While Johnson County leaders anticipate exponential growth of the county’s senior population, community leaders are brainstorming ways to address the needs of aging residents.
The Johnson County Commission on Aging led a community forum on Monday to discuss the challenges and opportunities of providing services to this growing segment of the county population.
“We were so thrilled that over a hundred people attended the aging services forum,” said Karen Weber, chair of the Johnson County Commission on Aging.
In attendance included representatives from the Johnson County Board of County Commissioners, county management staff and members of the community. Weber said the participants brought “a broad range of knowledge and experience related to aging issues and aging services.”
“We felt like we had a great cross-section of the communities’ involvement,” she added.
During the community forum, participants broke off into groups to discuss four program areas that identify challenges and opportunities for the aging population, including nutrition, transportation, in-home support and services, and public awareness and visibility of the services offered by the Johnson County Area Agency on Aging.
Weber said the purpose of the forum was to provide an opportunity for participants to brainstorm and discuss how to increase and improve the services that are offered to the 60+ population in Johnson County.
“What we really are addressing here is the rapidly growing 60+ population in Johnson County,” Weber said. “We want to help get ahead of the curve and make sure that we serve the older population well so that Johnson County continues to be the great place to live that it is today.”
By 2030, of the 703,000 people living in Johnson County, about 171,000 residents, or 24% of the county population, will be 60+ years of age, according to the Johnson County Commission on Aging.
With this statistic at the forefront of everyone’s minds, Weber said two critical needs drove the discussions at the community forum: the needs of the county’s Meals on Wheels program and in-home supports and services.
At 1,300 square feet and serving more than 9,600 older residents, the kitchen is already at service capacity, she said.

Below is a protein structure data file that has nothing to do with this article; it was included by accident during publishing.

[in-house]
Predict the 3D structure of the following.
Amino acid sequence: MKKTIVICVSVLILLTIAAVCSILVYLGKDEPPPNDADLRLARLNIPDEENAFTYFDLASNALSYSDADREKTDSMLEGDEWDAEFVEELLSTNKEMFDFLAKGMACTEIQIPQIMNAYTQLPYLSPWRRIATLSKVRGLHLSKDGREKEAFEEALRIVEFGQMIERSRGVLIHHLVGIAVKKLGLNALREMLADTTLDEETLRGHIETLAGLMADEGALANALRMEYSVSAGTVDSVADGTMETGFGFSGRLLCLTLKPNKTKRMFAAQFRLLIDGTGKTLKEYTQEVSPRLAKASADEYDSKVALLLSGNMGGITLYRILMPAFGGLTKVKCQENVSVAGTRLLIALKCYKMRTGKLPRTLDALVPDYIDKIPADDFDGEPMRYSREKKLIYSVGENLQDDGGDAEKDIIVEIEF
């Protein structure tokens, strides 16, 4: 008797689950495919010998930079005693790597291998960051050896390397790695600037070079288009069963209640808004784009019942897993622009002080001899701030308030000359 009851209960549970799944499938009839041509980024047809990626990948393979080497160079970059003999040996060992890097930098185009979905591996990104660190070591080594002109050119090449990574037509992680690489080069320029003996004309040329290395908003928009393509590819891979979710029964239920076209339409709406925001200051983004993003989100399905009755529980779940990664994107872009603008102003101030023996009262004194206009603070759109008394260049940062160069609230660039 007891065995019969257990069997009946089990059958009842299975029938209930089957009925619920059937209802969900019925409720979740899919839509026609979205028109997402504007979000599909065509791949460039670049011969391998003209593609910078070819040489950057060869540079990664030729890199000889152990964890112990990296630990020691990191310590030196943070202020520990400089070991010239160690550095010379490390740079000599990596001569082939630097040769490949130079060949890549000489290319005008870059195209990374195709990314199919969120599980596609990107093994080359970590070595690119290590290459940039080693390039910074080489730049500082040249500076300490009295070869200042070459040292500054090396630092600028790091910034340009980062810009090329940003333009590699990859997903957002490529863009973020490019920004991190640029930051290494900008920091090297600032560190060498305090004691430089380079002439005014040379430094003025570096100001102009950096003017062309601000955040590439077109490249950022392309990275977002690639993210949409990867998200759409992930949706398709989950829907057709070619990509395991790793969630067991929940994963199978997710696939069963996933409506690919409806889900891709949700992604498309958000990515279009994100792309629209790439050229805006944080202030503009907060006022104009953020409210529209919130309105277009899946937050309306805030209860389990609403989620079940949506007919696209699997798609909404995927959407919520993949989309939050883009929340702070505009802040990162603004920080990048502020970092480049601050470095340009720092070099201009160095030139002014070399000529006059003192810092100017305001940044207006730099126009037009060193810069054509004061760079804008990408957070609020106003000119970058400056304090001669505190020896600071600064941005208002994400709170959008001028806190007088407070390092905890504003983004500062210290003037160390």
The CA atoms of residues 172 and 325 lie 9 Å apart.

Besides that, Weber said they anticipate losing the kitchen for the Meals on Wheels program by 2022. Acquiring a new kitchen with 5,000 square feet would alleviate some of the stresses on the program and increase its service capacity.
“We believe that we could serve more residents now with the Meals on Wheels program, and we’re confident that 10 years from now, as this segment of our population continues to increase, we’re certain that there will be more service demands for type of service specifically,” Weber said.
Discussions regarding the need for in-home supports and services focused mainly on the costs and opportunities for residents to age in place. This could mean installing grab bars in bathrooms to make it safer for seniors to use.
Utilizing support staff for assistance in bathrooms and with medication management is also significantly more cost effective than the cost of skilled nursing care, for both residents and public entities providing the support.
“We know that it costs about $200 a month to provide in-home supports and services through our Senior Care Act, and about $3,000 a month if the resident needs to move into the nursing home,” Weber said.
Weber said she believes the community forum accomplished its purpose, with positive and productive reports coming from each of the participating groups. The Johnson County Commission on Aging will review the reports and consolidate the information with data collected from nearly a dozen focus groups, in order to identify recommendations for steps forward.
The commission will then include those recommendations in the Johnson County Aging Service Master Plan for 2020-2030 and present that plan to the Johnson County Board of County Commissioners for review and consideration at a future date.